Skyler Tanner on The Problems with High Intensity Training, the Most Effective Protocol to Stimulate Strength and Hypertrophy and Macronutrients vs Counting Calories

Skyler Tanner, High Intensity Training Expert
Skyler Tanner (via EfficientExercise.com)

After hearing Skyler Tanner mentioned on multiple occasions by some of the world’s top experts on exercise, I knew I had to find out more about him. After checking out his blog and watching a few of his seminars on YouTube, he blew my mind. This interview was no different.

Skyler Tanner holds a Masters in Exercise Science, has been a high-level fitness and nutrition coach for 15 years, and has lectured at the Ancestral Health Symposium 2011, The 21 Convention, and Paleo FX. Skyler’s talk Strength Training and the Biomarkers of Aging has been featured on Peak Fitness by Dr. Mercola.

Skyler is very entertaining, and provides unique and thought-provoking views to some of the most controversial topics in health, fitness, and nutrition. This interview is a massive learning opportunity for anyone interested in expanding their knowledge on strength training, health, nutrition, and longevity.

This interview was one of my best yet, although I definitely need to shut up and listen more!

Listen to the Corporate Warrior Podcast on iTunes Listen to the Corporate Warrior Podcast on Stitcher

 

This episode is sponsored by Hituni.com, providers of the best online courses in high intensity training. Whether you want to take their Full Personal Trainer Course or DIY HIT for Health course, simply add the course you want to your shopping cart and enter the coupon code CW10 to get 10% off your purchase!

Click here to purchase my transcript eBook with the first 14 interviews on Corporate Warrior, including Dr. Doug McGuff, Drew Baye, Skyler Tanner, and Bill DeSimone.

 

Show Notes

The purpose of Skyler’s Blog, Exercise Science in the Real World (02:40)

Business vs Passion (07:50)

Why did Skyler transition from infrequent HIT to his new protocol and more movement? (10:15)

The problem with infrequent HIT vs “nothing at all” (22:00)

Do you really need to train to momentary muscular failure for results? (23:40)

What is the most effective protocol to generate strength and hypertrophy? (32:10)

Macro-Nutrients vs Counting Calories (41:50)

How to live for longevity (53:20)

Skyler’s recommended reading (1:09:00)

Why does exercise make us feel good and what makes it addictive? (no, it’s not endorphins) (1:12:55)

Burning question – is it detrimental to do Big 5 and another strength training session 3-days later? (1:16:30)

 

Books

Body by Science: A Research Based Program to Get the Results You Want in 12 Minutes a Week by Dr Doug McGuff and John R. Little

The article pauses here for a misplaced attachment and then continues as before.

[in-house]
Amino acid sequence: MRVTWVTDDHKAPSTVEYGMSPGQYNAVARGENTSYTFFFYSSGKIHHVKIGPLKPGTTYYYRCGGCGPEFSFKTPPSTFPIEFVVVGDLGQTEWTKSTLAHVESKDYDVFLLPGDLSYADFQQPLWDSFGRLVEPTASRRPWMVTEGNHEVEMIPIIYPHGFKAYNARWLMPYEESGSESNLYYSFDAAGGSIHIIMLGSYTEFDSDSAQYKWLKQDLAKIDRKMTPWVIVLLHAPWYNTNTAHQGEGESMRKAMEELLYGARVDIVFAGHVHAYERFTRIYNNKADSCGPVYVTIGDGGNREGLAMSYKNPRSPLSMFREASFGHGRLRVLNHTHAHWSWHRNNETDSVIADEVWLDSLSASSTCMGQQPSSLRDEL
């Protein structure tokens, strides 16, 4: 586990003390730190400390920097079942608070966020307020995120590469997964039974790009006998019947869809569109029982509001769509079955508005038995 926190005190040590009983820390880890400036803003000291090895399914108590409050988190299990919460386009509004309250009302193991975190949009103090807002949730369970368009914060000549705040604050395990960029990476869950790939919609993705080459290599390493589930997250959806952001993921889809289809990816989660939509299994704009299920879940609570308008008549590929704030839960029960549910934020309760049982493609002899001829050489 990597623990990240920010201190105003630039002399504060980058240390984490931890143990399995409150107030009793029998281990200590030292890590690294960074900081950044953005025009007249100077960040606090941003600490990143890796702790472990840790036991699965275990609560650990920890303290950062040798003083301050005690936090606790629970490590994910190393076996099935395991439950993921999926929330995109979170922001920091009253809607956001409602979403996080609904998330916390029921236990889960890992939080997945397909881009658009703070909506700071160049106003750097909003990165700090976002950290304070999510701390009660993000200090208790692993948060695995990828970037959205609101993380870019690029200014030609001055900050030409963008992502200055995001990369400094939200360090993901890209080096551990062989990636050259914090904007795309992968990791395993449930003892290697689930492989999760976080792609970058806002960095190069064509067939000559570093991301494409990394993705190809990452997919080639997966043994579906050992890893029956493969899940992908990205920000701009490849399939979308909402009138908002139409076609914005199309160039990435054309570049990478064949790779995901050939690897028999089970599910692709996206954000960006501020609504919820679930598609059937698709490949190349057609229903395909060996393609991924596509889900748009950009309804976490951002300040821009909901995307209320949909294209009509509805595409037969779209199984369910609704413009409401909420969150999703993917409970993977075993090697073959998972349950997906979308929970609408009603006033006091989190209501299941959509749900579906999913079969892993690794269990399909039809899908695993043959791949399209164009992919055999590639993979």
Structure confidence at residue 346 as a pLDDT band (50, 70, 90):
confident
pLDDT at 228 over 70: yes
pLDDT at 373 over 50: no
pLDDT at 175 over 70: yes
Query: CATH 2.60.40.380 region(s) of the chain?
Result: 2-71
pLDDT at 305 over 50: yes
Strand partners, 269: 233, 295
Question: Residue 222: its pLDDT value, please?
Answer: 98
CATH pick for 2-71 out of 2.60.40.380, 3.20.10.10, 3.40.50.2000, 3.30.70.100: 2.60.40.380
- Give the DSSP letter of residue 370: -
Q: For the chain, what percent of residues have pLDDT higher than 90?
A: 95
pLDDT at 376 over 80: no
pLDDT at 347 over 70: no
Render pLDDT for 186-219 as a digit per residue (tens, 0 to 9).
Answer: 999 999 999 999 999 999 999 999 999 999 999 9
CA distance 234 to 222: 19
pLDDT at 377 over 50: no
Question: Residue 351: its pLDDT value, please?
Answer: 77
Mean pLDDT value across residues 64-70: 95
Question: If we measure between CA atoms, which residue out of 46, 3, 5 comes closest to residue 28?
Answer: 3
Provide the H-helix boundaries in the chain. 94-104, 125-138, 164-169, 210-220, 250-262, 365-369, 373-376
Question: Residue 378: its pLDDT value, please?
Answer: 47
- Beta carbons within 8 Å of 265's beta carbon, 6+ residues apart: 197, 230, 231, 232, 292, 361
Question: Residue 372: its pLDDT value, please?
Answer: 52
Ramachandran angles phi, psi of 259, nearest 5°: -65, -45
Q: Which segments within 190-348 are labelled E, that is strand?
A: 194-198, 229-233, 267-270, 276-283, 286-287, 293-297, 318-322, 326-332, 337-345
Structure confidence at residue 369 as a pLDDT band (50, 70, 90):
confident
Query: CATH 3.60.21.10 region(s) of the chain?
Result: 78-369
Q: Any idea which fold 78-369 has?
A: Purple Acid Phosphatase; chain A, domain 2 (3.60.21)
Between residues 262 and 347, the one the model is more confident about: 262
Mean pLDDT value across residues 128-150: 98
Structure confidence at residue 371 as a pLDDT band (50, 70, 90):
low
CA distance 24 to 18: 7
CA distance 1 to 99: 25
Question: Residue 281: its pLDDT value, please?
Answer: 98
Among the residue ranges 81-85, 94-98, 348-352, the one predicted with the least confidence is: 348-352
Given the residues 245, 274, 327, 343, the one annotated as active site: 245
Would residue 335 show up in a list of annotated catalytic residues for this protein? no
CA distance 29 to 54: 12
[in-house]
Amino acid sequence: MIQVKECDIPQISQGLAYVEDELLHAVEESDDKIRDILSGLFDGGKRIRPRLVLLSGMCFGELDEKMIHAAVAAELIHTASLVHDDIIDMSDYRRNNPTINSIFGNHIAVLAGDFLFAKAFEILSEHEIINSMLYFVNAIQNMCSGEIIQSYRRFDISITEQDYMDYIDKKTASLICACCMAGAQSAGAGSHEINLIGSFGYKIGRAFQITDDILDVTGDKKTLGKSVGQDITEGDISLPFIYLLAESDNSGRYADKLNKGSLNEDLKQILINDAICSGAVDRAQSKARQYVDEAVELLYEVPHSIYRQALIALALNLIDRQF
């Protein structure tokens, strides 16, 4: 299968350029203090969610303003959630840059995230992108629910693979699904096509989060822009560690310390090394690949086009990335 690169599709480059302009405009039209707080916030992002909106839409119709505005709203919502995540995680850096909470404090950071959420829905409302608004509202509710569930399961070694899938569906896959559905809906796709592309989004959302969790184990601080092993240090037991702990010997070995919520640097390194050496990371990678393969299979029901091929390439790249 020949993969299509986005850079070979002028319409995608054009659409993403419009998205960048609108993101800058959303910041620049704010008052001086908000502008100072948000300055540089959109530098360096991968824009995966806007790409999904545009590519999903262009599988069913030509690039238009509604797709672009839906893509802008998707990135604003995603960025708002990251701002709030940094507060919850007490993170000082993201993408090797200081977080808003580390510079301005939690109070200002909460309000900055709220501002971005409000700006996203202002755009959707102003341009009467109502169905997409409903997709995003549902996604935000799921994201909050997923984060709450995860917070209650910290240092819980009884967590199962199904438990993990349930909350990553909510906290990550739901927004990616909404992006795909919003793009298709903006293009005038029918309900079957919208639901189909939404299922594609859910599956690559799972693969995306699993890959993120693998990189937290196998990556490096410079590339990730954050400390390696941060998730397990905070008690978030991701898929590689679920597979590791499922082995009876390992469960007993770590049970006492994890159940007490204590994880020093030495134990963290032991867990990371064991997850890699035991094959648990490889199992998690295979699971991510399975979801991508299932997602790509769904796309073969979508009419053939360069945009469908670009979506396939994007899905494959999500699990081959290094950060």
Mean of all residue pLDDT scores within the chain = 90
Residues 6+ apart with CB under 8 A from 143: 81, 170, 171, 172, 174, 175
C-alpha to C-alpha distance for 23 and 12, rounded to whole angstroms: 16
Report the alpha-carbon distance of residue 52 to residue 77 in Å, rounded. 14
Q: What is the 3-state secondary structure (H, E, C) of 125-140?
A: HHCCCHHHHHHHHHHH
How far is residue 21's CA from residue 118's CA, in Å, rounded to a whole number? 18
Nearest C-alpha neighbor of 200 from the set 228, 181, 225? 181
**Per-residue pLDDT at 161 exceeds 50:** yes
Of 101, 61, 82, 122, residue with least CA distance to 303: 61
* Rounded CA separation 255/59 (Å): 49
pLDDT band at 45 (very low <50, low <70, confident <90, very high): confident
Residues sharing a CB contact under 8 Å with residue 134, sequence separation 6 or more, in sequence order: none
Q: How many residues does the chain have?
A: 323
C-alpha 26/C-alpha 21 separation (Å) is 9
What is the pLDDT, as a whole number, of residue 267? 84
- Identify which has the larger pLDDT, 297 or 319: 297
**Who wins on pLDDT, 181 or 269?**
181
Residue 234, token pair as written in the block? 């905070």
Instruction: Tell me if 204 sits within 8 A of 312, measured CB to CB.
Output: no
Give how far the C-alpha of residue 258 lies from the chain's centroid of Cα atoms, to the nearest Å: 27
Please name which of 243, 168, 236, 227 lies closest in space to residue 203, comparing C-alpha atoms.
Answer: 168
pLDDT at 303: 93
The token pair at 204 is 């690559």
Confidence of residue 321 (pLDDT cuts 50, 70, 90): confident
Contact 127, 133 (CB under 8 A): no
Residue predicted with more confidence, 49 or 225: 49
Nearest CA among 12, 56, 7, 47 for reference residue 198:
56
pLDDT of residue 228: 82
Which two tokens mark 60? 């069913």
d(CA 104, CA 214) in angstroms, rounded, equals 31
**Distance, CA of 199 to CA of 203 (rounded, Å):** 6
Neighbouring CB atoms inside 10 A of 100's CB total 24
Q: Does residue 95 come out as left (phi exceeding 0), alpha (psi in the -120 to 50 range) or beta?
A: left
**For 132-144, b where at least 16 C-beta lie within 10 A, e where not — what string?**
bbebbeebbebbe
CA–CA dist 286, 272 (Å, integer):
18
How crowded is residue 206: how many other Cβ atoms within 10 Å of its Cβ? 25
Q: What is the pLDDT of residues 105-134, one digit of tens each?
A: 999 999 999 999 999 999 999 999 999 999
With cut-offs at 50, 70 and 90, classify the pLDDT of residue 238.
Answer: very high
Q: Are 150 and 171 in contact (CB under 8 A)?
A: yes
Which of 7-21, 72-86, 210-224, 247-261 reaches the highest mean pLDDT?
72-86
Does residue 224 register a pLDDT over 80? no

The Bulletproof Diet by Dave Asprey

The Paradox of Choice: Why More Is Less (P.S.) by Barry Schwartz

Free The Animal: Lose Weight & Fat With The Paleo Diet by Richard Nikoley

Better Than Before: Mastering the Habits of Our Everyday Lives by Gretchen Rubin

Born to Run: The Hidden Tribe, the Ultra-Runners, and the Greatest Race the World Has Never Seen by Christopher McDougall

 

Other Resources

Training Expectations Over A Lifetime by Skyler Tanner

The Six Year Itch: Was It All A Waste Of Time? by Skyler Tanner

Dr Ben Bocchicchio

Nail Gun, Hammer, Rock by Dr Doug McGuff

My Interview with James Steele

My Interview with James Fisher

The Truth About Exercise Documentary

Bulletproofexec.com (Dave Asprey’s blog)

Farewell to the 3,500-Calorie Rule By Densie Webb, PhD, RD

Why Are Thin People Not Fat Full BBC Documentary

Bradpilon.com

EvFit.com

If you enjoyed this interview, please consider leaving a review (it really helps to promote the podcast):

  • Daniel Kirsner

    1) None of my body parts recover in only 48 hours at my current age and level of development after being trained to failure. Small & slow-twitch tending ones (such as shoulders in my case) can recover in @3 days, larger & FT-tending ones take longer. 2) I suspect Skyler is putting things backwards WRT why people training beyond failure require longer to recover than those training merely to failure; the “central nervous system fatigue” is the result of an inflammatory cascade which is the result of muscle and connective tissue damage; the damage is greater in those training beyond failure than those training “just” to failure, tasks which are demanding of the nervous system without causing (much if any) muscle damage (playing chess, practicing the viola, debating) can be done day after day without problem if one is motivated…